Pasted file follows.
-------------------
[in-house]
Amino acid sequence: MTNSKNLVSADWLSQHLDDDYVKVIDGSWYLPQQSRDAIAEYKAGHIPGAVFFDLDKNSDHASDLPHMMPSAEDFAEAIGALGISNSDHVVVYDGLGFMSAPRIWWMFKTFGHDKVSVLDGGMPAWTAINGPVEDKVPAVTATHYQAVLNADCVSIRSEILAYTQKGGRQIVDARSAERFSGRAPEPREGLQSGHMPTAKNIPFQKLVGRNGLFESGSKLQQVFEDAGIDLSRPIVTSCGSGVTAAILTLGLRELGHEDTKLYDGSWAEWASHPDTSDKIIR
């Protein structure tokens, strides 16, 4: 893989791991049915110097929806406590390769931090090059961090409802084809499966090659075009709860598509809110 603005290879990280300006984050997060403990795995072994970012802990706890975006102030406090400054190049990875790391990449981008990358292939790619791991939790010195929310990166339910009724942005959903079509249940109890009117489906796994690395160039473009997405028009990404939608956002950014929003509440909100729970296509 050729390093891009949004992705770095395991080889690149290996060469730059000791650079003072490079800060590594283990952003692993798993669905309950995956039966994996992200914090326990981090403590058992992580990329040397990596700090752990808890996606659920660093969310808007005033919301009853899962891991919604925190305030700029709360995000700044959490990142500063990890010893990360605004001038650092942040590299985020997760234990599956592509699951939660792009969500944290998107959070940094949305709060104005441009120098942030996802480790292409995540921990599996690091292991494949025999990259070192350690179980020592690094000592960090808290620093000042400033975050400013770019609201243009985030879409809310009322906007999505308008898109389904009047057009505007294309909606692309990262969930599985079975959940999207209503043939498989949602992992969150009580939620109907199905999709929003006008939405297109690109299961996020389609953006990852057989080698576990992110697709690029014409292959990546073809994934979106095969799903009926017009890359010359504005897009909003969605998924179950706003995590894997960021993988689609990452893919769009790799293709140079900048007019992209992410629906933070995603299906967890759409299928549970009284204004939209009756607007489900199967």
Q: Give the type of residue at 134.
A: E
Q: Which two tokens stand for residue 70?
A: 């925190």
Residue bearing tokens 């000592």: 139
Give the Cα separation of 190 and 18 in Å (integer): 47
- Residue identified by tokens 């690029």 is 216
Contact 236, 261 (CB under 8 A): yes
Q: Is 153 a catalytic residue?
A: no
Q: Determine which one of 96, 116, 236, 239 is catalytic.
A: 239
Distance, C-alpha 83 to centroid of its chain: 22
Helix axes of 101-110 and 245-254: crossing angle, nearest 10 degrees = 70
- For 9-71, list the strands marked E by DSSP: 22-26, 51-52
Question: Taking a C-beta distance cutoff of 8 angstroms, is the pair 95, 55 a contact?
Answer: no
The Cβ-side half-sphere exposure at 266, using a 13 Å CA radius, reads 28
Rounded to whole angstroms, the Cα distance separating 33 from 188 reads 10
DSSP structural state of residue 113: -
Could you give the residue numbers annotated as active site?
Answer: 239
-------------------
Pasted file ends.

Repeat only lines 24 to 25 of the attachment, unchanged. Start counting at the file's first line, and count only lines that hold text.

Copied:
Could you give the residue numbers annotated as active site?
Answer: 239